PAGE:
sprouted brown rice

So once upon a time I was perusing the Asian section at the grocery store and saw an Annie Chun packaged dish of sprouted brown rice. (Sprouted is health-nut code word for superiorly healthy version of something that is already healthy. Basically, crazy people eat sprouted things so that they can feel better about themselves. I am one of these people). The package touted all these health benefits, and since I am in a perennial search to heal my life’s ills through nutrition, I bought it (with much, much guilt about the plastic bowl and packaging).

It was delicious. I vowed that I would learn how to make this. In traditional Laurie fashion this took about 5 months on my to-do list (lack of adequate vitamins, no doubt) and finally…… I tried a batch.

It was delicious.

Here’s the recipe:

1 c brown rice (i used short grain; must be brown; white won’t germinate)

2 c. warm water (not boiling)

2 T apple cider vinegar (or whey if you’re one of those really, really crazy people who makes whey)

Stir all the ingredients together and let sit for 7-24 hours, changing the water every 12 hours, rinse, and then cook according to regular directions. (I actually left mine all day and then overnight, for a total of close to 20 hours without changing the water, and it still tasted pretty good, and I haven’t died yet. The rice actually tasted better the second day. Oh, and it didn’t look sprouted when I started to cook it– the rice grains looked much the same, but when cooked you can tell.)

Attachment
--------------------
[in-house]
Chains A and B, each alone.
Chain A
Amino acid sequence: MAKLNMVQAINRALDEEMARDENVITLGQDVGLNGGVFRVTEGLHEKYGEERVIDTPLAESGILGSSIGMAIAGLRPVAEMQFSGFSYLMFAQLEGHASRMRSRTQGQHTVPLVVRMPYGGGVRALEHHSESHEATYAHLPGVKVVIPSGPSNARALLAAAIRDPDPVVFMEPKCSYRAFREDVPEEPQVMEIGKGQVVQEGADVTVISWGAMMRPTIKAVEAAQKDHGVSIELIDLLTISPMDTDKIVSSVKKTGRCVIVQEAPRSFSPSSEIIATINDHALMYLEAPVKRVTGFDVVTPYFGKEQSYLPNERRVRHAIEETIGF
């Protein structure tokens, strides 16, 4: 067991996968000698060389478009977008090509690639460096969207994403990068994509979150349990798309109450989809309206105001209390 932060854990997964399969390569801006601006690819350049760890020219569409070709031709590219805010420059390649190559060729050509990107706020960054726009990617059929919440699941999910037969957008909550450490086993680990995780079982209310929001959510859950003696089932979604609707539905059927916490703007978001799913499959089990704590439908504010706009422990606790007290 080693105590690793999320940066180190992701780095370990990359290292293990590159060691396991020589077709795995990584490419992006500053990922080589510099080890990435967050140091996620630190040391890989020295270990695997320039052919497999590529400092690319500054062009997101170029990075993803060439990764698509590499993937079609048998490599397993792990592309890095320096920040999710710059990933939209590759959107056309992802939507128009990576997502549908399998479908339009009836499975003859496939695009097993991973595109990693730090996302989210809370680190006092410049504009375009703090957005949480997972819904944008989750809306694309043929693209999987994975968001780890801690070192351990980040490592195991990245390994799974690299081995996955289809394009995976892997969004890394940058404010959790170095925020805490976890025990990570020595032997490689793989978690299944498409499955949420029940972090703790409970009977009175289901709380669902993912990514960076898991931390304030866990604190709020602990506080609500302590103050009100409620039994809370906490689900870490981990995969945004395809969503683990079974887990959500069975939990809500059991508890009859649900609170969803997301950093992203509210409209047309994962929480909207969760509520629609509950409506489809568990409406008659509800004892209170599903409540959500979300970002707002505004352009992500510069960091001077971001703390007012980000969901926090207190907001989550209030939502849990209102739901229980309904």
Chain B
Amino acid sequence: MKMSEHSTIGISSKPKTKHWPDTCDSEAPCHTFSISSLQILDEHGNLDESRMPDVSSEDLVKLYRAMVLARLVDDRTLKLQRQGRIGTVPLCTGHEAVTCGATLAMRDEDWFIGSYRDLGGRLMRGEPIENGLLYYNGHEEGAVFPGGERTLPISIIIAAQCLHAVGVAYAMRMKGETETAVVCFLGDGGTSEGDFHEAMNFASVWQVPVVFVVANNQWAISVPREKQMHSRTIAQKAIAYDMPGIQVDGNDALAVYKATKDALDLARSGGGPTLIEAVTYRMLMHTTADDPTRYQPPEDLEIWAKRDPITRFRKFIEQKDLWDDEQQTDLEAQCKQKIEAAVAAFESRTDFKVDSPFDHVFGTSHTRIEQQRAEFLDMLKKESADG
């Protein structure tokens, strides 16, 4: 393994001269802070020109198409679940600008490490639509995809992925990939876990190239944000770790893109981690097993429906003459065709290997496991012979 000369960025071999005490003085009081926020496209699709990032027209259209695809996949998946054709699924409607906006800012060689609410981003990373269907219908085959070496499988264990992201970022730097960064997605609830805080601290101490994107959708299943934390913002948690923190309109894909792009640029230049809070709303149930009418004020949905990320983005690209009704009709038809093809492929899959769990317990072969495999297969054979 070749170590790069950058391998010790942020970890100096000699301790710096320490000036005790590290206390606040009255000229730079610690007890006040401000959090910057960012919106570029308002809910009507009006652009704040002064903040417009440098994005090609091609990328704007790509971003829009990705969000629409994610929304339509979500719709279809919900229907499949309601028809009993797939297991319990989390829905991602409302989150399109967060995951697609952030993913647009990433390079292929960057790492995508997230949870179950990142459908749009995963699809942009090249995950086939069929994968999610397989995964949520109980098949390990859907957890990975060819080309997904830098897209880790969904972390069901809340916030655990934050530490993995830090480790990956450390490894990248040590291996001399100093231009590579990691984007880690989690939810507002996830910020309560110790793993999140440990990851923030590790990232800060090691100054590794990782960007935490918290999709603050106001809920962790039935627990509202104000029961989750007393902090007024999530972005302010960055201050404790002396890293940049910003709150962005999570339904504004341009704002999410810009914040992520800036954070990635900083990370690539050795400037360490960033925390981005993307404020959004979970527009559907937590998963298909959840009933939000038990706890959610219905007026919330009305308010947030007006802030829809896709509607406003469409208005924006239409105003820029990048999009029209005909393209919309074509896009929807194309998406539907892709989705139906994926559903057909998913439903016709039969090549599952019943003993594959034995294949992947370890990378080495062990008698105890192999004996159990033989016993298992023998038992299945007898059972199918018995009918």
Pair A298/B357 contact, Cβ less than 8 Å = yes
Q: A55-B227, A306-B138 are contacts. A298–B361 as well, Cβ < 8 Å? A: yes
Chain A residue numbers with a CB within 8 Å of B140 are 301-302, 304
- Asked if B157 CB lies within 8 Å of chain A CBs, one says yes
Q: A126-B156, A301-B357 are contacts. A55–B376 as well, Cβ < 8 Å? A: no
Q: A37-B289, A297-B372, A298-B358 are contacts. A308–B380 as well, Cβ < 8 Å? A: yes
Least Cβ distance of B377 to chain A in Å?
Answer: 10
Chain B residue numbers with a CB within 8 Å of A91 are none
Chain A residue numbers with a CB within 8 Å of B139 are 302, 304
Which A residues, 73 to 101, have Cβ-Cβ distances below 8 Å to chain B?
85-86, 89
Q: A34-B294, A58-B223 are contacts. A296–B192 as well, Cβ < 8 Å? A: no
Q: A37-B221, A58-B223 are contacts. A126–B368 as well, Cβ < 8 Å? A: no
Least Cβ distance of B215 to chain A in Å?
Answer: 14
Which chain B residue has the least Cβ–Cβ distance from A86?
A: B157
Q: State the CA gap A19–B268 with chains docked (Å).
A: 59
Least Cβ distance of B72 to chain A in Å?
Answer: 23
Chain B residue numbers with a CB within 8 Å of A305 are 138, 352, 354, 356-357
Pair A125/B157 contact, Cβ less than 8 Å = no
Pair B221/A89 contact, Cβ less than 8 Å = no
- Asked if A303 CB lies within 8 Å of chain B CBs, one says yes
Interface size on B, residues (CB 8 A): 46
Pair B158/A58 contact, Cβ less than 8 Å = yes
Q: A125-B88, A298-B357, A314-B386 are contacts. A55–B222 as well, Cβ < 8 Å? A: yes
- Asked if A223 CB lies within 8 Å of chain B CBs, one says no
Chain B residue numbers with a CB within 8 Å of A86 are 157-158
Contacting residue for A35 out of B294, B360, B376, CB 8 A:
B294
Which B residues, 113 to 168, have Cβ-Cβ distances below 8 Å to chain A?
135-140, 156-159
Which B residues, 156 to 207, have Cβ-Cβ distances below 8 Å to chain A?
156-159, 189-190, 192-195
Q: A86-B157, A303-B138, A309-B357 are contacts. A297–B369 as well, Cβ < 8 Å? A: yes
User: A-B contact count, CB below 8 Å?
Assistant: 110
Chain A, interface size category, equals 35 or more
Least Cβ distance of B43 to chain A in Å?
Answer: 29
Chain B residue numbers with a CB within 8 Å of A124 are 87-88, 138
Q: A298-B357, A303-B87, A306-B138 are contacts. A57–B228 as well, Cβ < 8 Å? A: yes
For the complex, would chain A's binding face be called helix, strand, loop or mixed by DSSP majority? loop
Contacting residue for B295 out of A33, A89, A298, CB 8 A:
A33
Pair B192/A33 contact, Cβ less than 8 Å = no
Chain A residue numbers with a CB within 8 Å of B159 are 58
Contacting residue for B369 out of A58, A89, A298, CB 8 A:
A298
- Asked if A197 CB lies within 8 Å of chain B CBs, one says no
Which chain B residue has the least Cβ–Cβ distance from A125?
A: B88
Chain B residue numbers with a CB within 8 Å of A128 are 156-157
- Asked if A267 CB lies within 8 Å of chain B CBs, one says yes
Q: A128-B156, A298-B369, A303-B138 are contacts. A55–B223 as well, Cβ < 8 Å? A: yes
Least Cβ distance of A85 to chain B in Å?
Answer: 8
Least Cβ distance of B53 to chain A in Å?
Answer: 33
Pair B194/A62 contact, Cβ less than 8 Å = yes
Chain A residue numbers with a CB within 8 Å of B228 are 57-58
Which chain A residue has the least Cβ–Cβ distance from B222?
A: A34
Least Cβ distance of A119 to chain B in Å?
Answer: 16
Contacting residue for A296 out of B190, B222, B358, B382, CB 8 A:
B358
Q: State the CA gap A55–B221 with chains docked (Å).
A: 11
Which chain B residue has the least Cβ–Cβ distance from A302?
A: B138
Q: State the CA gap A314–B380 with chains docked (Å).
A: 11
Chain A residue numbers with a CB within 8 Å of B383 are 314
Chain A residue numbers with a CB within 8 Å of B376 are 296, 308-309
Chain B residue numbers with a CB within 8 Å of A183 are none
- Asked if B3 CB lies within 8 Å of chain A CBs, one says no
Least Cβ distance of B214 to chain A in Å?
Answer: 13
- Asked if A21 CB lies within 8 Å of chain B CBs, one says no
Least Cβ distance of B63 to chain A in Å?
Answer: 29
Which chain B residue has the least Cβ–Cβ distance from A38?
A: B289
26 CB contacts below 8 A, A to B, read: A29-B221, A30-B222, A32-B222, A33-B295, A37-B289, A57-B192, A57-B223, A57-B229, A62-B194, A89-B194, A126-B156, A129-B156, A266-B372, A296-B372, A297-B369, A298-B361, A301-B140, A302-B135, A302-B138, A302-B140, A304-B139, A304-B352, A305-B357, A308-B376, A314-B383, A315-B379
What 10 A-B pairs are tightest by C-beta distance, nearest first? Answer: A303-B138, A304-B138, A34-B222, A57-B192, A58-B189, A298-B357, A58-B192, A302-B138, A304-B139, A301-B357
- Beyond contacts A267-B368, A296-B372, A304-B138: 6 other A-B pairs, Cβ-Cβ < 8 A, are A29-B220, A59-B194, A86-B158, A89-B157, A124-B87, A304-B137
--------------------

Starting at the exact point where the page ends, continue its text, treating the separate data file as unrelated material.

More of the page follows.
Basically, it’s delicious. Just serve it up with a big warm dollop of butter and you are good to go. Sprouted rice is apparently, in contrast with regular brown rice: easier to digest, contains more fiber,  vitamins, and enzymes such as gamma aminobutyric acid (GABA), which may have anti-anxiety properties, assist the nervous system, and promote better sleep and immune functions.

Seriously, it’s super easy, and I am not kidding so, so tasty. Also, it is very, very inexpensive. Annie Chun’s tiny bowl costs maybe $4? You can make 10 times that amount for less than a dollar. It’s very filling, and you could make an easy peanut sauce and add some veggies for a whole meal that costs almost nothing. And you can get the added joy of being kind of a food snob!


2 thoughts on “sprouted brown rice”

  1. I’ve recently been eating brown short grain rice and I’m super excited to try this? Do you have a good recipe for peanut sauce or a brand that you recommend?

    1. Peanut sauce…. I make a very, very basic sauce. (There are probably lots of better & more sophisticated ones out there!) I usually put about 1/2 c soy sauce in a pan, add about 1/2 c peanut butter (smooth or crunchy), about a tablespoon of brown sugar (any kind of sweetness works fine– white sugar, honey, etc), some red pepper flakes, cayenne pepper, and powdered ginger to taste and stir it all on med-warm til it looks like a good consistency! Oh– I also usually add a little water to thin it out a little! Works best with regular (not health nut) peanut butter. And you can obviously add fresh ginger, fresh garlic, etc!!!

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